Buying a guitar from a reputable brand—like any of those that are featured on the list above—is the best way to make sure you still get an instrument that’s playable and durable when you’re looking at a lower price point.

    Buyer’s Guide: Easily Pick The Best Electric Guitar Under $500

    When you’re buying a low-cost instrument, there are a few things you should keep in mind. Even the best electric guitar under 500 dollars will not be able to stand up, sound-wise, against more expensive instruments right out of the box. You can make adjustments to turn a cheap guitar into a monster, however, by upgrading things like the strings, pickups, and even hardware like the bridge and tuners.

    Luckily…

    This doesn’t mean you can’t use the hardware or pickups that come installed on a cheap guitar; they’re perfectly functional for beginners, or as practice instruments.

    It does give you some adjustment options, though, if you want to tweak the sound and feel of your instrument.

    When you’re buying a new guitar, you want to pay the most attention to the parts you can’t upgrade. Make sure the body is well-constructed. The neck should be straight and firmly attached, with no wiggling. You also want to make sure the frets are even and smooth, and that the strings are straight with even tension.

    best guitar under $500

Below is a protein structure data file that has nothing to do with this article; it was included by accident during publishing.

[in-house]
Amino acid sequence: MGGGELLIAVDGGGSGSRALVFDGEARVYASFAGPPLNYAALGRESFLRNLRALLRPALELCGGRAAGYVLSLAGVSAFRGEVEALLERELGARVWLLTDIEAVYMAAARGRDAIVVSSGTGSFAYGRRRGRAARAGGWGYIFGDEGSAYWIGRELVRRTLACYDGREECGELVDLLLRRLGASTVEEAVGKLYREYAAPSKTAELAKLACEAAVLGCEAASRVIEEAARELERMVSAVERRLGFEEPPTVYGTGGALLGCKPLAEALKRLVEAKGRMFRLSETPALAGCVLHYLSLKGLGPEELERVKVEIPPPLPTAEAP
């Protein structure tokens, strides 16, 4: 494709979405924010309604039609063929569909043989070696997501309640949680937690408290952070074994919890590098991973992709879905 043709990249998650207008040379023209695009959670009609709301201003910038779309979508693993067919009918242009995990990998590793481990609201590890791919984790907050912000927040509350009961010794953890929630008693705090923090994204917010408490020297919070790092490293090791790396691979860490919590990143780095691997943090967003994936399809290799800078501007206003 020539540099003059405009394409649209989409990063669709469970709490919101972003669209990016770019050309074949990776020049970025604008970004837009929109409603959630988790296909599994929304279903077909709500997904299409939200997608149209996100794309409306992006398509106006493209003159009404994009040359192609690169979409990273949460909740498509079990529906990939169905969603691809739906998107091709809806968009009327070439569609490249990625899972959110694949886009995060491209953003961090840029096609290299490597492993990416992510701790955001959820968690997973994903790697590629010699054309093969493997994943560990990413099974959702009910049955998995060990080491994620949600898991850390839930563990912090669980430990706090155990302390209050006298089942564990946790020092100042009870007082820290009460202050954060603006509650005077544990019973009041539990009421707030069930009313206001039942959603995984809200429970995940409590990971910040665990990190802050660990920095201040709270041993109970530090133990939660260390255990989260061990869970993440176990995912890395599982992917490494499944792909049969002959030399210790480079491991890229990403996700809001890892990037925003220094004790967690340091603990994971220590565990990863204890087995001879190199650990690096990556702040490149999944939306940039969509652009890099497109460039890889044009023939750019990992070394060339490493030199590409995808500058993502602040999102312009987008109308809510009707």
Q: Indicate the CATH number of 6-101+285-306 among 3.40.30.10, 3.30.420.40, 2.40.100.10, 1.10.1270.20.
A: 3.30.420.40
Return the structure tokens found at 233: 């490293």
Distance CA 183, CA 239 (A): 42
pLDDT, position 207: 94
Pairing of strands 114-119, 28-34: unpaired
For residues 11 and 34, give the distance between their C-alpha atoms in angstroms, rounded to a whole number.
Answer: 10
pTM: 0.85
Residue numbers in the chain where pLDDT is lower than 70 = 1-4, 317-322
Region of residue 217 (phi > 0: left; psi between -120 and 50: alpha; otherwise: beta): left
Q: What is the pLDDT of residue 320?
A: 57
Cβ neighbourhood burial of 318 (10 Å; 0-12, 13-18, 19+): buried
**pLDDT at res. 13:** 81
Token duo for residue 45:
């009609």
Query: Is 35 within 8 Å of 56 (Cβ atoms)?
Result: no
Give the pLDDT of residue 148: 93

Pickups

    The pickups on an electric guitar are one of the main factors responsible for their sound. There are two broad categories of pickups that you’ll find on this list: single-coil and humbuckers. Single-coil pickups are wired differently from humbuckers, so when you’re looking for new pickups, you’ll want to match the type that originally came on your instrument.

    But before you get carried away…

    Changing types requires costly rewiring that’s just not worth it for an instrument in this price range.

    Both single-coil pickups and humbuckers have a wire wrapped around a pin which interacts with the magnet, producing the sound. The difference is a single-coil pickup has one, while a humbucker has two. This produces a different effect, as you can see from the chart below.

    Single-coil pickups

    Advantages: Brighter sound, better overtones, more definition on attacks
    Disadvantage: Generate an electrical hum or buzz

    Top picks with single-coil pickups: Squier Telecaster, Squier Stratocaster

    Humbuckers

    Advantages: No extra noise, more output (heavier and louder), warm and dark tone
    Disadvantage: Can sound muddy

    Top picks with humbuckers: Yamaha RevStar, Epiphone Les Paul Studio

    And lastly, you’re going to need a guitar tuner to make sure you’re getting the most from your new axe. You can read our full reviews on the best guitar tuners to help you make the best purchase–check it out, here.